Why are schools open 1 hour late for bad weather?

Closing schools for an entire day due to a snowstorm makes sense, but I don’t understand the rationale for having a delayed opening. How much can the road conditions improve from 8:00 am to 9:00 am?

Maybe I’m missing the point altogether.

Usually you get the school delays when the storm is over but hasnt been cleaned up yet. The extra one or two hours gives the city/county/state highway crews enough time to clear the snow from the roads. Around here school bus routes and/or mail routes get priorty.

Many public schools obtain state funds for each child in school that day. A school that delays opening by an hour is ensuring itself that students will show up and the school will receive funding for every child that attends.

Keeping the school closed all day means no kids means no funds.

Schools avoid closing for the day if possible because it may require extending the school year. If a school district doesn’t budget snow days in advance, they may have to add on days at the end to make up for it. Or eliminate vacation days.

I’ve worked in school districts where both of those actions were taken, and everyone hated it. My experience is if they can delay the day but still count it, they will.

Also, they are wary of having a bus accident in bad weather. Very bad publicity to crash the kiddies.

I always thought, in addition to Slati’s point, the extra hour was to provide additional time for busses and parents (and driving students) to negotiate roads which were not necessarily dangerously slick but still deserved extra care and slower speeds – not to mention dealing with the inevitable snowy morning traffic jams.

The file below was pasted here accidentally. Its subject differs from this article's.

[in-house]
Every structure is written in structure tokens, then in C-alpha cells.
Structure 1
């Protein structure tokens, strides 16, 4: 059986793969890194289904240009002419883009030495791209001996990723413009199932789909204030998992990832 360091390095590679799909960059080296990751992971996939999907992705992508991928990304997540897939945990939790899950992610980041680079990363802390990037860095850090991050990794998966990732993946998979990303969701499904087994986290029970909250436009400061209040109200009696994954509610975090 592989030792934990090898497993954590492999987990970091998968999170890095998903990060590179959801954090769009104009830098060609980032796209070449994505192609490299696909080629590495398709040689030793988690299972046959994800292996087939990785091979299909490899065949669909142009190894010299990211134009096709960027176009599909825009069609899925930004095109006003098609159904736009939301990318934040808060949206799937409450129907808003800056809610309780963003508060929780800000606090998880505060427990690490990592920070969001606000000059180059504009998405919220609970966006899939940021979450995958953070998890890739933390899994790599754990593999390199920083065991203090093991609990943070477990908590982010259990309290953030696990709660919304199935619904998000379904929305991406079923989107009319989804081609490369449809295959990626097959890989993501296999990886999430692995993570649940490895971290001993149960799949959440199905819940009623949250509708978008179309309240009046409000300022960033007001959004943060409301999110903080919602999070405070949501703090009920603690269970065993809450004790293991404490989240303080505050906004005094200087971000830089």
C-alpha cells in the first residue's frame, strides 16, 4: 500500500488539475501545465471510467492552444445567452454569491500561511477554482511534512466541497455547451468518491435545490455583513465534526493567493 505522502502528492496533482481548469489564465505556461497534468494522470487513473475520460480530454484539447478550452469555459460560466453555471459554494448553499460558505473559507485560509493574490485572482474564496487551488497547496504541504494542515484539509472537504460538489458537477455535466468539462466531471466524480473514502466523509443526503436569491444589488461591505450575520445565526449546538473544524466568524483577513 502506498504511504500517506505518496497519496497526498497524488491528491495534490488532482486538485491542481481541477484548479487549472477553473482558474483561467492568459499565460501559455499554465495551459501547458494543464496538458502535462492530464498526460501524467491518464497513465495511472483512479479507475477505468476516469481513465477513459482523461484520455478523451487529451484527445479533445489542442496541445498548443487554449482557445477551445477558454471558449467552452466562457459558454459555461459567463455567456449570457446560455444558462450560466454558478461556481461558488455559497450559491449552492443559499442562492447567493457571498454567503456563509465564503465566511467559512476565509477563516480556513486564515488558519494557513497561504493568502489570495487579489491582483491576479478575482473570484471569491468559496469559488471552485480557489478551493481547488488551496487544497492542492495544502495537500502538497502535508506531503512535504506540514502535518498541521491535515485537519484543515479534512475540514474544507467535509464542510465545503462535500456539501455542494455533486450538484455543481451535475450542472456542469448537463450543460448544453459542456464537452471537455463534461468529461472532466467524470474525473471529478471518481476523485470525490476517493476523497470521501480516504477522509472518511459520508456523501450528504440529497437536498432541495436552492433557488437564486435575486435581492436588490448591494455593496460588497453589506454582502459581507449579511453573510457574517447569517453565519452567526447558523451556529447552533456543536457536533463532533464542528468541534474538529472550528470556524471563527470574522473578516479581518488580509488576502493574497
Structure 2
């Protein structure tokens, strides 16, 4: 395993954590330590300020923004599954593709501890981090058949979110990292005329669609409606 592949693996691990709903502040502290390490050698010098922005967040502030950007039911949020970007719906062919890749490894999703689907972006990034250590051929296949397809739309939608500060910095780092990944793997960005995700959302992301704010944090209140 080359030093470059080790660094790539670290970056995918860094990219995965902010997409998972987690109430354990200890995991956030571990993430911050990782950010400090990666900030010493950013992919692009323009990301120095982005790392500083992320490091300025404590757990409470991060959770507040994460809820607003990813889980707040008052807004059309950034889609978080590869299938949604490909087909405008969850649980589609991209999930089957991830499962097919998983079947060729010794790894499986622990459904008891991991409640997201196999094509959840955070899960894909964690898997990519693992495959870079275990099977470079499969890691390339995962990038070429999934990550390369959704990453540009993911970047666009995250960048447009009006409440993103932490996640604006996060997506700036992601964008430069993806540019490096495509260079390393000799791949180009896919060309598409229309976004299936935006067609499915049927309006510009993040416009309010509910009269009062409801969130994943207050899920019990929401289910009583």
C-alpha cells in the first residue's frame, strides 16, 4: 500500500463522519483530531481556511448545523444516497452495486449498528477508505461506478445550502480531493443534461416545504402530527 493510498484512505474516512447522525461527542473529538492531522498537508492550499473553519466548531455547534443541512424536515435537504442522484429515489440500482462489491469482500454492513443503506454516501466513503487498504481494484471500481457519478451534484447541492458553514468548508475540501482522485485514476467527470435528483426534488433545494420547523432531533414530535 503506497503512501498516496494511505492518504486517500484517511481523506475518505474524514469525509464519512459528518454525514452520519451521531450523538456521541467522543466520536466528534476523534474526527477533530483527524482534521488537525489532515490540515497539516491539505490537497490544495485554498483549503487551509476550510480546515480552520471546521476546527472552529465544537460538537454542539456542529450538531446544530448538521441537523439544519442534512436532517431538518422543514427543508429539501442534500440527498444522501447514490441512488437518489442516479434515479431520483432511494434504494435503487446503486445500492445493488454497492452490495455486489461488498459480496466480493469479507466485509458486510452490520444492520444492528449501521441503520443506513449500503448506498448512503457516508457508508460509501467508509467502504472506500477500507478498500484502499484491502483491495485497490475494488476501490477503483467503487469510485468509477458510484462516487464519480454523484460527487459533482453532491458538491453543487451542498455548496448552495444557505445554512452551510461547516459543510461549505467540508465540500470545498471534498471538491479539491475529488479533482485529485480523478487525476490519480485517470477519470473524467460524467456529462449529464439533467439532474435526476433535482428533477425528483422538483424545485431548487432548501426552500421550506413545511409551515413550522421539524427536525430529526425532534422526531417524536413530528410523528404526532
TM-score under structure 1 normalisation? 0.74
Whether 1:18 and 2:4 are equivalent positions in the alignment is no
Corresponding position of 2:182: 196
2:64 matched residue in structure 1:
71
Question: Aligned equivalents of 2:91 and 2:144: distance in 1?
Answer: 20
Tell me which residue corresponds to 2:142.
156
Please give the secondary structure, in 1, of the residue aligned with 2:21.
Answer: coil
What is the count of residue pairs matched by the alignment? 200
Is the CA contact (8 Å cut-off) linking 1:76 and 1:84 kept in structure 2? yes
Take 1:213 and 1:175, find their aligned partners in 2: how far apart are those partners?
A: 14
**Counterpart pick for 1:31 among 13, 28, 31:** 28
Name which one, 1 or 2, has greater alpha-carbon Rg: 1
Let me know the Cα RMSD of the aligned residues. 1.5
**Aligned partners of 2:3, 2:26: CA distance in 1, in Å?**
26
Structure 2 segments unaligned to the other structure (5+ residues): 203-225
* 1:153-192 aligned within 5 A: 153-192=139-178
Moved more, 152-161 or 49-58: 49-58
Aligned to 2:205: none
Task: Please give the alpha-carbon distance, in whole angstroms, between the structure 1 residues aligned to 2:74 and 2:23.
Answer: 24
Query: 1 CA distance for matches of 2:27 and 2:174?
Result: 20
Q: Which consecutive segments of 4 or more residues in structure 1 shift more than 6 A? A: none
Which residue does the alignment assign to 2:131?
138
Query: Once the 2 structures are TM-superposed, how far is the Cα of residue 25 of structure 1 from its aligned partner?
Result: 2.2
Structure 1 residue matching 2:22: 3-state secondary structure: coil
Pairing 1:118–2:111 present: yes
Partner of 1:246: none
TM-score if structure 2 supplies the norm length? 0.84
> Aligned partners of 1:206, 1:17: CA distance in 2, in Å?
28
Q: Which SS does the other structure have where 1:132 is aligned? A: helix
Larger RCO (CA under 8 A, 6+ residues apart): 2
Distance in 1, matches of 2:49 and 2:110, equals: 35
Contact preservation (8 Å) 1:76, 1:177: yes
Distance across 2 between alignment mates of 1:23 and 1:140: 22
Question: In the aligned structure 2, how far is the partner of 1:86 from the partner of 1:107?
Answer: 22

Around here at least, wherer 2-hour delays are far more common these days than are 1-hour ones, it can also be a buying-time maneuver. The buses in some local districts start rolling well before 6, and may not finish their routes till much later in the day. Going on a 2-hour delay if the weather is iffy can give you 2 more hours in which to see if the snow gets heavier, if ice is actually forming on the roads, if the front moves through quickly, etc.

I still find snow days an amazing luxury here in the DC area.

I grew up in Colorado. While it was the desert area, we still got 1-3 snowfalls of 6-12 inches each winter. Y’know how many snow days I had K-12? One!

And none of these “Fall Breaks” and “Spring Breaks”. No wonder school doesn’t get out until almost July around here.

Thanks for the input folks, but I’m still not seeing the logic of it.

As far as allowing the buses to drive slower, that can’t be the case. If schools are one hour late, that just means that everything is shifted forward one hour. Kids who are usually picked up at 8:30 and arrive at 9:00 are now picked up at 9:30 and arrive at 10:00. The bus would have to drive at its usual speed.

Also, these decisions are frequently made the night before, where they are announced on the evening newcasts. Typically a storm will result in one day of closed schools, followed by one or two days of it being an hour late.